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751PERFECTING THE PUDELPOINTER

PERFECTING THE PUDELPOINTER
by   David Hancock

 Sportsmen have long striven to improve their gundogs and at times, especially in the late 19th century, each breed has benefited from such strivings. All sporting dogs whether they are hounds, terriers or gundogs have to suit the terrain over which they hunt, the quarry they pursue and the objects of the sport itself. When function was the only decider, form was easier to shape. Stamina, robustness and ability to perform their set task, backed by perseverance, decided the stock to be used as breeding material. Nearly all our revered gundog breeds came down to us as the direct result of the dedication of pioneer breeders. Some were gifted, some inspired, a few almost fanatical, in their pursuit of the perfect gundog for their needs.

 The contribution of Laverack and Llewellin to the setters, Arkwright to Pointers, Shirley to Flatcoats and Phillips to the spaniels is well documented. The remarkable dedicated pursuit of clearly identified qualities in an all-rounder led Korthals to bequeath us the Wire-haired Pointing Griffon that bears his name. But both the breed of Pudelpointer and its creator, despite having a long established history, is hardly known here. Sigismund Freiherr von Zedlitz-Neukirch is not a name to be forgotten quickly or, sadly, remembered easily, but in the second half of the 19th century he almost single-handedly created, from Pointer and Poodle stock, the breed of Pudelpointer. He is to this day remembered as perhaps the most important pioneer in German pointing dogs. It is surprising too that in Germany he chose to base his breeding plans on the Pointer from Britain and the Poodle, normally linked with France. But he knew what he wanted and where to get it.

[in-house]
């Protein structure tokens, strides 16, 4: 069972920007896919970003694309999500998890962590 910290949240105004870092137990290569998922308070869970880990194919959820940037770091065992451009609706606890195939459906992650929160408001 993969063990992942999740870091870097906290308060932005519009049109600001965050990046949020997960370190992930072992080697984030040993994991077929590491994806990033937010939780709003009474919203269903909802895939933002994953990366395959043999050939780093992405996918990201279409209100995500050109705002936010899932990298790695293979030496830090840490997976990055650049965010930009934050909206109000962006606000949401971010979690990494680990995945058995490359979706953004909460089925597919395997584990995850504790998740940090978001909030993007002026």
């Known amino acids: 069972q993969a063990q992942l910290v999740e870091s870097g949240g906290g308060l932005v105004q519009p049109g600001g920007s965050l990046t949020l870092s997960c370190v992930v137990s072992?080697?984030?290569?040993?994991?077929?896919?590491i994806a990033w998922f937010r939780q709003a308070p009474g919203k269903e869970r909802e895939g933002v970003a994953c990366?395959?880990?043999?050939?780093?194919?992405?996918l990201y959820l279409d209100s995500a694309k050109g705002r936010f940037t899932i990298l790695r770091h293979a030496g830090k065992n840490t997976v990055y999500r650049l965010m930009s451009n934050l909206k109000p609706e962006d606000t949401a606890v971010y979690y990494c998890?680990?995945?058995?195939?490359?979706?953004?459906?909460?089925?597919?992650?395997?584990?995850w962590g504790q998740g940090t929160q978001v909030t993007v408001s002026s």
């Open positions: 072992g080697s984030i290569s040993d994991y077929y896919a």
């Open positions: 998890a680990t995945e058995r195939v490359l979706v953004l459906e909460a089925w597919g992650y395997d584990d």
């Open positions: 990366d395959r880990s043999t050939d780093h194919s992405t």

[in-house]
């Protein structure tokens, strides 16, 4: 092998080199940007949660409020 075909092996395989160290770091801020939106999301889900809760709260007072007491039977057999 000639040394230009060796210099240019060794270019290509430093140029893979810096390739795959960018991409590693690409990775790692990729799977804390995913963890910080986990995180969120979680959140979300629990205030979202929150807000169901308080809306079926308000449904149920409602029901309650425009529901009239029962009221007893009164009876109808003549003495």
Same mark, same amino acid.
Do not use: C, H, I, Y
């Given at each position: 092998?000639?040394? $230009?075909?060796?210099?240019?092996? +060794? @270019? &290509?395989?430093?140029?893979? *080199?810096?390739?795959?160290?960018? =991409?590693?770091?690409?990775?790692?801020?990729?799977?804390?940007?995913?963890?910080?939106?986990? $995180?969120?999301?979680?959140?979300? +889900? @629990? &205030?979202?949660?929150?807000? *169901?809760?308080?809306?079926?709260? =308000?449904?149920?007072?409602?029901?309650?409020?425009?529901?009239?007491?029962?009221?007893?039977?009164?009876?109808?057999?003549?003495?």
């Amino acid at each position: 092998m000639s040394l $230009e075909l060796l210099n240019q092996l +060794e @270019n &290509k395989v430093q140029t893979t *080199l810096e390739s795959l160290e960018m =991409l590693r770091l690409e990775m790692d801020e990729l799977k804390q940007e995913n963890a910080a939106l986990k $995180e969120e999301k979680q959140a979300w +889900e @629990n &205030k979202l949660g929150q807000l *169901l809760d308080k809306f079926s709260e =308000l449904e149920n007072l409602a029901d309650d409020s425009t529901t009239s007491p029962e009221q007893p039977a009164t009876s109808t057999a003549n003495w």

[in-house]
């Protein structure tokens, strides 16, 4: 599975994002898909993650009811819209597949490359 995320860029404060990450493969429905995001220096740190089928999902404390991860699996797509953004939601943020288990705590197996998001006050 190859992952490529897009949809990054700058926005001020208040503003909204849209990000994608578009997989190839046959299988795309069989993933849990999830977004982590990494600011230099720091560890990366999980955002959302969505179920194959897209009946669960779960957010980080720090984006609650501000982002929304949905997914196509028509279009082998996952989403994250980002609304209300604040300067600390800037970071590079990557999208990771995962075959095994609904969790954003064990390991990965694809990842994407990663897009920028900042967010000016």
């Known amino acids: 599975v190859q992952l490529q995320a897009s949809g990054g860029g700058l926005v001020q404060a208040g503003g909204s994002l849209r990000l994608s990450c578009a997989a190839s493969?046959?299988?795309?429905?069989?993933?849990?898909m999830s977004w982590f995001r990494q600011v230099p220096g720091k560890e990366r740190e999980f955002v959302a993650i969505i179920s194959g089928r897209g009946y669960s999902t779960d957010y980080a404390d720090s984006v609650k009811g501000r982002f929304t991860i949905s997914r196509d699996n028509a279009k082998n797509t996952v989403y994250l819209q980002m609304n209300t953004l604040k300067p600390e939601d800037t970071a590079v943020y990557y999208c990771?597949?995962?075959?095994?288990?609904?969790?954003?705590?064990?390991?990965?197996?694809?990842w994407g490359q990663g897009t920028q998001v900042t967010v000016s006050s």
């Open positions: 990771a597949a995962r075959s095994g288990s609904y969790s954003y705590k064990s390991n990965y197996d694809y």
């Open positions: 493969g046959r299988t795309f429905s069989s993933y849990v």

Born to a noble family, a keen hunter and an innovator, von Zedlitz wished to preserve what he called ‘the real German working dog’. He set out the desired qualities as: having a good nose, great stamina, a griffon coat in a ‘forest’ colour, with sound temperament. He insisted that the dog should be highly proficient in water, be extremely biddable, be bold and curious, and, unusually, give tongue when working. Surprisingly, he did not consider that the German gundogs of that time, 1870-80, possess these qualities to his expectations, which would not have made him at all popular with his sporting peers. In an article published in 1881, he wrote what could loosely be translated as ‘We ought to try, utilising the bloodlines of the Pointer and the Poodle, to produce top-quality working dogs that will pass on to their offspring, strongly and consistently, these stated qualities. We are seeking a leggy, rough-coated, stylish but strongly-made pointing dog. It will not resemble a Poodle, but display its cleverness and common sense.’